At the beginning of 2012, I set out to form The World's Greatest Growth Portfolio. Though I can't promise it will always live up to its moniker, the portfolio has returned 22% in just 10 months, besting the S&P 500 by about 9 percentage points.
A few weeks ago, I outlined exactly how I would go about building my portfolio for next year: Invest first and foremost in companies that demonstrate exceptional levels of innovation, with special emphasis given to those that I believe will be around decades from now.
Today, I'm going to take a deep dive into one of my core stocks -- Intuitive Surgical (NASDAQ:ISRG) -- evaluate how I think the company is doing, and tell you why it might get less of an allocation this year. Read all the way to the end and I'll offer up access to a special premium report on another hot stock in Intuitive's field.
Not too much to complain about
For those who might not be familiar with the company, Intuitive Surgical makes the da Vinci Surgical Robot. You might see some hospitals advertising on TV that they have the machine these days. The machines make for less invasive procedures that usually require less recovery time.
The two procedures for which da Vinci is most utilized are hysterectomies and prostatectomies. However, there's a good chance that the machine will expand into other procedures where it offers similar or better results, with less invasiveness. Specifically, doctors are already experimenting with the use of da Vinci in nephrectomy, sacrocolpopexy, myomectomy and endometriosis resection.
With those kinds of possibilities, I think Intuitive is at the cutting edge of innovation in its field. And the stock has treated me, as I first bought shares back in October of 2010.
So far this year, the company has shown revenue growth of 24.5%, with net income growth of 40%. Both of those numbers are nothing to sneeze at, and help explain why I have so much admiration for the company.
Could this be a warning sign?
But as excited and proud as I am to be a part-owner of Intuitive, I've been given reason for pause this year when it comes to medical companies. You see, I'm not what you'd call a medical expert. Truth be told, the doctors usually have to set up a crash cart when I give blood, as I'm almost guaranteed to pass out.
While I've benefited from Intuitive so far this year, I was reminded of my ignorance in the field earlier this year by another one of my holdings: MAKO Surgical (NASDAQ:MAKO.DL). The company's RIO system allows for partial knee and hip replacements that have better alignment than traditional methods. Given the fact that today's aging boomers seem like they want to stay active into their later years, I thought the company was a slam dunk.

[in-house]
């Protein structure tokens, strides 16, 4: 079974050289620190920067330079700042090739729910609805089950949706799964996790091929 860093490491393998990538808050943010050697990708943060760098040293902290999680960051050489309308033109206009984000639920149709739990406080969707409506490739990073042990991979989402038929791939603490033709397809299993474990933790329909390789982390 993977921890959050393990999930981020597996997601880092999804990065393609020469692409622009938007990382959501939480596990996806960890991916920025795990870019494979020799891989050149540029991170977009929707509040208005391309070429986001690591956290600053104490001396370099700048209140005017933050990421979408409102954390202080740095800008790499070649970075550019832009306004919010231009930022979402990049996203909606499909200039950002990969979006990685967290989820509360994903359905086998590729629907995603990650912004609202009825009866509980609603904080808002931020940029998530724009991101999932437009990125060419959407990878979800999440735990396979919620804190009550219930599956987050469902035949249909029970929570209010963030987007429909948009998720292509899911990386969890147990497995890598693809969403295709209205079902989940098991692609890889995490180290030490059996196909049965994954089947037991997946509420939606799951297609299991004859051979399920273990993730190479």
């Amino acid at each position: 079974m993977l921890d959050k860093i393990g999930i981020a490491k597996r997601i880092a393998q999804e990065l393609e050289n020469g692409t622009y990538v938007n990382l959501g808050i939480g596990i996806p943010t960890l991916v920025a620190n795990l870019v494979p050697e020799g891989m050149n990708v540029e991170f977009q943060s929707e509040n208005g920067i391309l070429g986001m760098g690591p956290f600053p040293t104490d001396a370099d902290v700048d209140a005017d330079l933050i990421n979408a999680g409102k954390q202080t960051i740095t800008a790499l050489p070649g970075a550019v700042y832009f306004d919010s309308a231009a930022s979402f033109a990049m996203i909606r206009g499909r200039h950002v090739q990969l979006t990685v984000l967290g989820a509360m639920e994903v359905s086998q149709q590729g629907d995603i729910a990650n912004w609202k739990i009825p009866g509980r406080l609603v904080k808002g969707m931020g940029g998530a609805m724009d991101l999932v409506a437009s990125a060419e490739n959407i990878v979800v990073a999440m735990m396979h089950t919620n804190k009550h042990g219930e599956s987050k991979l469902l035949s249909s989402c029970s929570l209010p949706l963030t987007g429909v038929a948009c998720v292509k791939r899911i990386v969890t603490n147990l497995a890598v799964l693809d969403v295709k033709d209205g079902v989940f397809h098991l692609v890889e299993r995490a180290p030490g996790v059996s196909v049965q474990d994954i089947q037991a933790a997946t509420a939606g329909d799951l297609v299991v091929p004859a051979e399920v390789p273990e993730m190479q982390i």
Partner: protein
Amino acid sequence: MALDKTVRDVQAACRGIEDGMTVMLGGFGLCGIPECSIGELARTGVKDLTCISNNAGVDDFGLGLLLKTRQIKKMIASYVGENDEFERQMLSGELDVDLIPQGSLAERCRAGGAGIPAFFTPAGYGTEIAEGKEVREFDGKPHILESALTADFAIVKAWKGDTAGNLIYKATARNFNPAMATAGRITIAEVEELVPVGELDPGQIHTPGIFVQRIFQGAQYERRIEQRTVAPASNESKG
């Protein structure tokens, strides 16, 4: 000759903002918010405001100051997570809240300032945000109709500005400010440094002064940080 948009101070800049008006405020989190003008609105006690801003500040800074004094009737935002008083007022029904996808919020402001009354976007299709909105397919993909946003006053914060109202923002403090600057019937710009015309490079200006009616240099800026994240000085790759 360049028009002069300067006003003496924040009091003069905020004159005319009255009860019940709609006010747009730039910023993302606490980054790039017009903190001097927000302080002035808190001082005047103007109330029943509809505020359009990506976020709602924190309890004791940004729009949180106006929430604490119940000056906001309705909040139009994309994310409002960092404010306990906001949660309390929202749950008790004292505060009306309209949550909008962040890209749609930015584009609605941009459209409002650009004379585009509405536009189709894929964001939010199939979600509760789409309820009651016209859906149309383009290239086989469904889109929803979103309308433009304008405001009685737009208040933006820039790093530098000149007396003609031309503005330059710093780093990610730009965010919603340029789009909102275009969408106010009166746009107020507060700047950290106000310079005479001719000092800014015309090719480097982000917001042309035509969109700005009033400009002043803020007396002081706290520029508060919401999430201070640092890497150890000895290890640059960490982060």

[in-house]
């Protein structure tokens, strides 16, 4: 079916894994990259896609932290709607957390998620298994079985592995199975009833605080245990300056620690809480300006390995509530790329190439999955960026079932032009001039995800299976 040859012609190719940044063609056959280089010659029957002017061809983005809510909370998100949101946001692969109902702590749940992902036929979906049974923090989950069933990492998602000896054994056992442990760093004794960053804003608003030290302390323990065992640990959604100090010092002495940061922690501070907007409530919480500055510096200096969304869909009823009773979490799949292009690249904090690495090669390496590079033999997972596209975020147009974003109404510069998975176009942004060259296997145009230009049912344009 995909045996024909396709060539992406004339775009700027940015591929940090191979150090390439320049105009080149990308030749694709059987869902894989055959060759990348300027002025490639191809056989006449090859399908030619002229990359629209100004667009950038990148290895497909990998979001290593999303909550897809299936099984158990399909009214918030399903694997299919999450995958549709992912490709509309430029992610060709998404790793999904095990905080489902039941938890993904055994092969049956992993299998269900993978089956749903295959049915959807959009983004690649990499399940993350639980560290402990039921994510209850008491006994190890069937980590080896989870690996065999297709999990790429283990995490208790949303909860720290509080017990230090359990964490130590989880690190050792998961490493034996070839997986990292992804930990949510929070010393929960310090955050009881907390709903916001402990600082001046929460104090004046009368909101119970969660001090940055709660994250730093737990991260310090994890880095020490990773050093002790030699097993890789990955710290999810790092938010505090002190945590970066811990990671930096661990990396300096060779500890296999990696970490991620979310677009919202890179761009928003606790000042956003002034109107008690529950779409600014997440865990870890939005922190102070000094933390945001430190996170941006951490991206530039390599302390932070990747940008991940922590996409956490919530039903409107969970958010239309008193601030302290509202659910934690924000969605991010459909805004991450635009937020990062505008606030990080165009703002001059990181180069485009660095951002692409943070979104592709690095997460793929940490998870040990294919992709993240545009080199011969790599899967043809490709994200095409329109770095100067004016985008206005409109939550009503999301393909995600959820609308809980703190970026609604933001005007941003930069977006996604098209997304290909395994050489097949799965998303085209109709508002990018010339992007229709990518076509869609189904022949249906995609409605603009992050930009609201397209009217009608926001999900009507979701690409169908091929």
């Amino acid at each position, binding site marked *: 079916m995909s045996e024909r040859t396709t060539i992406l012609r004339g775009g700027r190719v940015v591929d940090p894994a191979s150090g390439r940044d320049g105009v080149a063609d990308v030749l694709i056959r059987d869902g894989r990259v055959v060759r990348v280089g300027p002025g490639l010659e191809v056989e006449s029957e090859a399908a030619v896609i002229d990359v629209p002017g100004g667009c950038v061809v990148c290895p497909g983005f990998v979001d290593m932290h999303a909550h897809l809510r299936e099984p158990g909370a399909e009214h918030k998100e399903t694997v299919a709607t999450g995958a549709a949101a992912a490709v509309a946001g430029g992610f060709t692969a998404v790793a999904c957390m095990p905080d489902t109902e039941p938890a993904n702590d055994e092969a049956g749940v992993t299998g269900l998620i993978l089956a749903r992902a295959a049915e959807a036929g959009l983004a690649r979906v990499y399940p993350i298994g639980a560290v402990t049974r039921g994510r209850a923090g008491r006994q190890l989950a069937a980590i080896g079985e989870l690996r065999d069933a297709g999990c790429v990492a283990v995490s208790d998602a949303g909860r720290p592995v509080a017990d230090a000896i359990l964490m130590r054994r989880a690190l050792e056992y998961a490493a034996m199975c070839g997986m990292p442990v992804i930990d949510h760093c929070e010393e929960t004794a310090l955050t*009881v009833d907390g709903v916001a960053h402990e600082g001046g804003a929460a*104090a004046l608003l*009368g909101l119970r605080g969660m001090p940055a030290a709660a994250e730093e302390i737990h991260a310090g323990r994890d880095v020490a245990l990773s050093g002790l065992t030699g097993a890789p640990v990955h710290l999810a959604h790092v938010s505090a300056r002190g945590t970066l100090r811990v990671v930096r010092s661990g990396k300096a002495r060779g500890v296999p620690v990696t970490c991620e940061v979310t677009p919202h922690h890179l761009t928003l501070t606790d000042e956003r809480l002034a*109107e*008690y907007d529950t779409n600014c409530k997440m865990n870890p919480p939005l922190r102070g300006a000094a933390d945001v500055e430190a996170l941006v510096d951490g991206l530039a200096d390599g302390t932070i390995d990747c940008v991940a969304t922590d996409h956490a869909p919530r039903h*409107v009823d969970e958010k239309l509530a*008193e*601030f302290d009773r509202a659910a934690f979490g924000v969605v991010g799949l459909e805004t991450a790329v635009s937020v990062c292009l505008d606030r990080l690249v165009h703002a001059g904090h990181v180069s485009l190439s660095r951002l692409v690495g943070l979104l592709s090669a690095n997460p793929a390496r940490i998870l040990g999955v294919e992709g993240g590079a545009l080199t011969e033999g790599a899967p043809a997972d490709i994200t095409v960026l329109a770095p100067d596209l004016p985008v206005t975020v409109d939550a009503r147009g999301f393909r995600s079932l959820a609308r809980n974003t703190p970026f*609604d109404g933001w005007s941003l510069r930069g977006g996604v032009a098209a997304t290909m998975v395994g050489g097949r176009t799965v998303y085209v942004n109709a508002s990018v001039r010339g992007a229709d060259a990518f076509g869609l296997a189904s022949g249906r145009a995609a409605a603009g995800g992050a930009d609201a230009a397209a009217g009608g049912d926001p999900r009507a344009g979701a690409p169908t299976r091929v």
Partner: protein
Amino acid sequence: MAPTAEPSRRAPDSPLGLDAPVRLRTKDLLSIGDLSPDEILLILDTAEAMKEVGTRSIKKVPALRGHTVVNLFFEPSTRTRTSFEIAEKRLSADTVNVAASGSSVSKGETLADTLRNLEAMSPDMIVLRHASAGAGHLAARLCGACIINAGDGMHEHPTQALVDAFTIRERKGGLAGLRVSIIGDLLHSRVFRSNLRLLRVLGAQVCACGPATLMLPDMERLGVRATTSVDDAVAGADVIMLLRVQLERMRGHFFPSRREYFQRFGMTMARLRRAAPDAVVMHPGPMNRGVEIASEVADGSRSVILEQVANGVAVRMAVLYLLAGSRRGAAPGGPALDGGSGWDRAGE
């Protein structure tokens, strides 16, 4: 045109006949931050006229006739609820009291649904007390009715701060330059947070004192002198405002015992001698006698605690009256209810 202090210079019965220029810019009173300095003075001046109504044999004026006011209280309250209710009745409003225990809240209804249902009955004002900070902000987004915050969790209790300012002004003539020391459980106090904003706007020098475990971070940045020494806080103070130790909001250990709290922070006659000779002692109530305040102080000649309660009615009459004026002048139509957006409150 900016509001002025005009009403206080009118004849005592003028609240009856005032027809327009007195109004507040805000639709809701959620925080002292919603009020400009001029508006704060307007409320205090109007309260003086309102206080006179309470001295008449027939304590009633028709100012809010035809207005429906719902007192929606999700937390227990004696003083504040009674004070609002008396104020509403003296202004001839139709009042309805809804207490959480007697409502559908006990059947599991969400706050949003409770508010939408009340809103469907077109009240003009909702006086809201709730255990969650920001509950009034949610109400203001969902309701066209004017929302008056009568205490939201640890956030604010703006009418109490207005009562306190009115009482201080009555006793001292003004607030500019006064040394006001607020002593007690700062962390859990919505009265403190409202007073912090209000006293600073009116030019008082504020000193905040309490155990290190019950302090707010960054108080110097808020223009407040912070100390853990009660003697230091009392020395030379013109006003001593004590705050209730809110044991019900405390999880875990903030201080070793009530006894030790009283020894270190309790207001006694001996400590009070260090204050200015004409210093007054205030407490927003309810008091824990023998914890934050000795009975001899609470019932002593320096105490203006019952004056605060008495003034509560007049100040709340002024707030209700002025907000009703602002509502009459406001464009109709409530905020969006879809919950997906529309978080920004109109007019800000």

Alas, things haven't played out as I'd hoped. The company has suffered two big dips this year, and sits 65% lower today than it was at back in mid-March. At the heart of the matter is that orders for the company's RIO systems have dove off a cliff. It could be that the company is simply moving from early adopters to an early majority, or it could simply be that the medical community doesn't think the product adds enough value to buy it.
This lesson has helped me evaluate other burgeoning medical stocks like Accuray (NASDAQ:ARAY) and MannKind (NASDAQ:MNKD) with a far more cautious eye than I would have in the past, and have greater appreciation for more boring stalwarts in my portfolio like Johnson & Johnson (NYSE:JNJ).
Which brings us back to Intuitive. During the most recent earnings report, CEO Dr. Gary Guthart said that prostatectomies were lower than the company expected because of "conservative PSA [Prostate Specific Antigen] screening protocols and a change in treatment recommendations for low-risk cancer patients away from definitive treatment."
To my untrained ear, that sounds like something that at least deserves some attention. The medical community needs to make recommendations based on what's best for patients -- as it should. If those recommendations start to preclude the use of da Vinci, that could be a cause for concern.
By no means am I thinking of throwing Intuitive out of next year's portfolio altogether, but I'm considering paring its allocation. Last year, it was a Core selection, getting 11% of my portfolio's cash. I defined Core holdings as "highly innovative companies that will almost certainly be leading their industry in 10 years."
Though I don't doubt that the company will be around in 10 years, I'm starting to wonder if it will still be in the same position it's in now. Given that, I'm strongly considering making it a Tier One company, which gets a smaller 7.5% allocation.
If, however, you'd like to further investigate MAKO, we have what you're looking for.